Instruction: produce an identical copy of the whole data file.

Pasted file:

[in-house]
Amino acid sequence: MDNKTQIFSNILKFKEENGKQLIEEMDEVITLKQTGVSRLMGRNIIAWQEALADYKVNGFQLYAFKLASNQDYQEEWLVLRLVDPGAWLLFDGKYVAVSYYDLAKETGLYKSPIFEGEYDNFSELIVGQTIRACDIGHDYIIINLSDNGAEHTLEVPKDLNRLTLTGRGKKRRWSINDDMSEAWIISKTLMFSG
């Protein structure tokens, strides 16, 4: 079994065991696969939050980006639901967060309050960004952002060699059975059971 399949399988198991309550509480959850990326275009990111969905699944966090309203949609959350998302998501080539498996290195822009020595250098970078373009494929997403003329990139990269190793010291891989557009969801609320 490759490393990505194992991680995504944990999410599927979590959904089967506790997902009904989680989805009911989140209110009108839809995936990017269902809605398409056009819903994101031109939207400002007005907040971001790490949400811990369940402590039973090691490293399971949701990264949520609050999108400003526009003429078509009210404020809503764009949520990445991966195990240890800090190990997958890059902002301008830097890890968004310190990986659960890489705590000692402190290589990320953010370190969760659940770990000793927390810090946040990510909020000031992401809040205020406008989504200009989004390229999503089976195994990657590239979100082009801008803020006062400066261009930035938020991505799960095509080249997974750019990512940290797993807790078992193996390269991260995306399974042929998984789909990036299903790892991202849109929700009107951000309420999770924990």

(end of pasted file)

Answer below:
[in-house]
Amino acid sequence: MDNKTQIFSNILKFKEENGKQLIEEMDEVITLKQTGVSRLMGRNIIAWQEALADYKVNGFQLYAFKLASNQDYQEEWLVLRLVDPGAWLLFDGKYVAVSYYDLAKETGLYKSPIFEGEYDNFSELIVGQTIRACDIGHDYIIINLSDNGAEHTLEVPKDLNRLTLTGRGKKRRWSINDDMSEAWIISKTLMFSG
């Protein structure tokens, strides 16, 4: 079994065991696969939050980006639901967060309050960004952002060699059975059971 399949399988198991309550509480959850990326275009990111969905699944966090309203949609959350998302998501080539498996290195822009020595250098970078373009494929997403003329990139990269190793010291891989557009969801609320 490759490393990505194992991680995504944990999410599927979590959904089967506790997902009904989680989805009911989140209110009108839809995936990017269902809605398409056009819903994101031109939207400002007005907040971001790490949400811990369940402590039973090691490293399971949701990264949520609050999108400003526009003429078509009210404020809503764009949520990445991966195990240890800090190990997958890059902002301008830097890890968004310190990986659960890489705590000692402190290589990320953010370190969760659940770990000793927390810090946040990510909020000031992401809040205020406008989504200009989004390229999503089976195994990657590239979100082009801008803020006062400066261009930035938020991505799960095509080249997974750019990512940290797993807790078992193996390269991260995306399974042929998984789909990036299903790892991202849109929700009107951000309420999770924990």